List of Church of Ireland clergy who served as vicars of Drishane: 1615 John Proudville also vicar of Dromtarriffe, a reading minister.
1618 McDonagh Sheagane instituted as vicar of both on August 28th, still here 1622.
1664 John Smith vicar of Drishane and Archdeacon of Aghadoe.
1691 Ezechiel Webbe instituted to same on March 10th.
1704 John Shepherd and James Bland.
1728 Edward Simpson - Archdeacon of Aghadoe and vicar of Drishane and Dromtarriffe.
1734 Edward Munne and Horatio Townsend.
1760 Vicarage united to Nohovaldaly by forming Union of Drishane.
Tithes were shared equally between the Earl of Donaghmore and the vicar. A new church was built by the Wallis family at the east end of the town in 1789 to replace the old one in the Drishane demesne. For lists of clergy who served during the 19th Century cf History of St Anna's by Denis Tangney. In 1904 the Church of Ireland parish was joined to Dromtarriffe.
The situation of the Catholic Church during the 17th Century.
When Henry VIII raised Ireland to the status of a kingdom in 1541, his intention was that this would be the centrepiece of a political and religious reform which would bring Ireland into line with English norms. In 1560, Anglicanism became the state church under Elizabeth. But apart from the situation within the Pale and the royal appointment of Church of Ireland bishops throughout the country, the Irish as a whole preferred to worship in the old way in their homes, with help from priests trained on the continent.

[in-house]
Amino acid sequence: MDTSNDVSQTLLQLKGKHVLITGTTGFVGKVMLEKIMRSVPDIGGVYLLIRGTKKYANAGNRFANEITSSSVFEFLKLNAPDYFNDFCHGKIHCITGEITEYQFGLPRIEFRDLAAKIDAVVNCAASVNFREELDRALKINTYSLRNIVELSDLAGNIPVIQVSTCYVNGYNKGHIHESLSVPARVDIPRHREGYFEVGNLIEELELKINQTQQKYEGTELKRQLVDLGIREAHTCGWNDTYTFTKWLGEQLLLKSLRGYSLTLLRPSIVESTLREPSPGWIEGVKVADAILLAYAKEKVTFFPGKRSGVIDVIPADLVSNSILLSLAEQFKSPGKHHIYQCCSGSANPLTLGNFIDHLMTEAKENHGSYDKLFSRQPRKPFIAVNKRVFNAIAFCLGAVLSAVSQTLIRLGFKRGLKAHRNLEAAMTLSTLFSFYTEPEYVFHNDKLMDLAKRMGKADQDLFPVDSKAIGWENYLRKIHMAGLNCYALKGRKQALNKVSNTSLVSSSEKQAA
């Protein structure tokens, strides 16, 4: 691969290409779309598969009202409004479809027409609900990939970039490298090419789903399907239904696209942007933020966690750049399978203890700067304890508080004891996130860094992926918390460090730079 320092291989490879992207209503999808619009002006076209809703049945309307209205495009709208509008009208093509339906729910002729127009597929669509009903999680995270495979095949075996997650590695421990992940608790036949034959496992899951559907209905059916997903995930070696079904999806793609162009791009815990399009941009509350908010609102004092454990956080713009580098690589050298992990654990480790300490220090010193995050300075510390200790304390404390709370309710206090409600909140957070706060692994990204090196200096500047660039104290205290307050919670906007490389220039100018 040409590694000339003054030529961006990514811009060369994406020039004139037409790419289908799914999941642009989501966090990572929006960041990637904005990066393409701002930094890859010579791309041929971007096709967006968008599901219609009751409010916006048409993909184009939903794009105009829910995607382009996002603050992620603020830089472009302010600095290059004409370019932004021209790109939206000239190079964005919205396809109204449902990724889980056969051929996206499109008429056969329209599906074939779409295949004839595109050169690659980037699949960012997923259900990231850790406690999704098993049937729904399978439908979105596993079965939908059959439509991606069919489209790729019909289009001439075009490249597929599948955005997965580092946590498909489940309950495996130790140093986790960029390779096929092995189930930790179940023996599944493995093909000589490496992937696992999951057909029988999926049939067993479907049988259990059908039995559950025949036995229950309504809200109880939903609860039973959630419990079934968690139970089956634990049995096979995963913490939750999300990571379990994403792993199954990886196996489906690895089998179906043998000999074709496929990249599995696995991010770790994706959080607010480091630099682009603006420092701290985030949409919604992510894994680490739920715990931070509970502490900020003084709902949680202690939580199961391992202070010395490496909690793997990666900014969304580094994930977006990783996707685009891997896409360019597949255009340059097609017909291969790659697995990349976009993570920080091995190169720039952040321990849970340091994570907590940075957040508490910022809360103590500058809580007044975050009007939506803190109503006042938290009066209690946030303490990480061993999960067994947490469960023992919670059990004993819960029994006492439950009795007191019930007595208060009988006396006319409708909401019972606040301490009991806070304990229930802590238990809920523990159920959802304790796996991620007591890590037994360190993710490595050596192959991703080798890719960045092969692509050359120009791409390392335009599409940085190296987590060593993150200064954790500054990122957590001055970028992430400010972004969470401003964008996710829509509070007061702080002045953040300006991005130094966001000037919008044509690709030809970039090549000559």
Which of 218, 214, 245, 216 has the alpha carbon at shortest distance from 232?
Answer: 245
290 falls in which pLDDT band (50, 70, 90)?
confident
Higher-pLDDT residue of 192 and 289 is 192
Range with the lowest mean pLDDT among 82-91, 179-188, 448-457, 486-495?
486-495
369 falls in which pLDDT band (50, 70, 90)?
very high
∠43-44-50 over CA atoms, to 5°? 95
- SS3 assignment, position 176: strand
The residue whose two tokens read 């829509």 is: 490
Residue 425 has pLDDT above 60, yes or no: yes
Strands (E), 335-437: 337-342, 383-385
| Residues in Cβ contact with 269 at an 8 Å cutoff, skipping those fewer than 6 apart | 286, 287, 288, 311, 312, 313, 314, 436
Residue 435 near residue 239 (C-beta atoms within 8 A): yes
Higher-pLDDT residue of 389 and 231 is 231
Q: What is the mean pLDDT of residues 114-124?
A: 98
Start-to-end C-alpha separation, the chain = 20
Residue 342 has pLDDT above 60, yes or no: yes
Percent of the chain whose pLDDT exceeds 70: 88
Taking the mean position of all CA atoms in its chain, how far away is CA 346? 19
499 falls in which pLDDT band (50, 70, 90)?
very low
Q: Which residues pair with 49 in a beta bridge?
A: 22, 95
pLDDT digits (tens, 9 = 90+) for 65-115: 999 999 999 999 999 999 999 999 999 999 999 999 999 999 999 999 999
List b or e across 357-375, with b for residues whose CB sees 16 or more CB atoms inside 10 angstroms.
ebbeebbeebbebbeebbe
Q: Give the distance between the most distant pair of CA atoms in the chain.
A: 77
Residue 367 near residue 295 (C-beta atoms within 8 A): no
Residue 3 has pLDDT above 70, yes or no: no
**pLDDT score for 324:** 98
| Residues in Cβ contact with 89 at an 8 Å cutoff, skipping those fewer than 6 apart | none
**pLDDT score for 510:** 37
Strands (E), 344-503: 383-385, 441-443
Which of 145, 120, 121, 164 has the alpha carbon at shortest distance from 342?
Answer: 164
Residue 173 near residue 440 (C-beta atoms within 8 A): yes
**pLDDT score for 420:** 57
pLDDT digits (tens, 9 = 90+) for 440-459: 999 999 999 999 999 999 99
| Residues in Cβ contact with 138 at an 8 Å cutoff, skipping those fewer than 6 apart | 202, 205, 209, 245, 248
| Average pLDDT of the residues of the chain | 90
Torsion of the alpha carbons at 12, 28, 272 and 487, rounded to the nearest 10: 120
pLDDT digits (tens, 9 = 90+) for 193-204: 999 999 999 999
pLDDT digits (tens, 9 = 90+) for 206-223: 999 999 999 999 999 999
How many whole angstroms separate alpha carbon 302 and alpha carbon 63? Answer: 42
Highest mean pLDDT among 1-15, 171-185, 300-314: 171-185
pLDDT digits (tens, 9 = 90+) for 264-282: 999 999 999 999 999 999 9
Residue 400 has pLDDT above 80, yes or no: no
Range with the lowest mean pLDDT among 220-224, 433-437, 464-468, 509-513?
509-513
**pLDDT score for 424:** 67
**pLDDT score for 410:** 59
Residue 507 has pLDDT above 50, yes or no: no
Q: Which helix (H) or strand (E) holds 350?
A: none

Virtually no record of Catholic activities exist for the period following the establishment of the Church of Ireland and the takeover of the Catholic places of worship during the reign of James I. It is reasonable to conclude that Catholics were poorly instructed did not have regular access to the Sacraments and that the keeping of records was a low priority.
We know that O'Sullivan Beara marched through here and crossed the Blackwater at the Boinng on his journey to Leitrim, following the defeat at Kinsale. It is not known whether the defeated Northern Earls (O'Neill and O'Donnell) passed this way on their retreat from Kinsale. Dispirited, they returned home and sailed from Lough Swilly to France in September 1607. Last year marked the 400th anniversary of their exile and the event engendered much interest. Attempts were made to find out more about these "99 noble lords" and their reasons for leaving.
Two other events of local relevance occurred during the 17th Century:
1. The arrival of the Papal Nuncio in 1645 and his passage through here. John Baptist Rinnuccini was sent by Pope Innocent X to attend the Confederation of Kilkenny. He arrive in Kerrmare on October 31st and Journeyed through Kerry and Cork on route to Kilkenny. After a week spent in Macroom he yielded to the pressure of Boethius MacEgan, future bishop of Ross, to go to Dromsicane, a seat of the McDonagh McCarthys. While here, he received a delegation from the Supreme Council, who sent two troop of horses to accompany him to Kilkenny. At Clonmeen he was entertained by Donagh O'Callaghan and by the Dominicans at Kilmallock. There is a detailed record of his travels and his correspondence in Latin, in which he makes mention of the hospitality he received from the local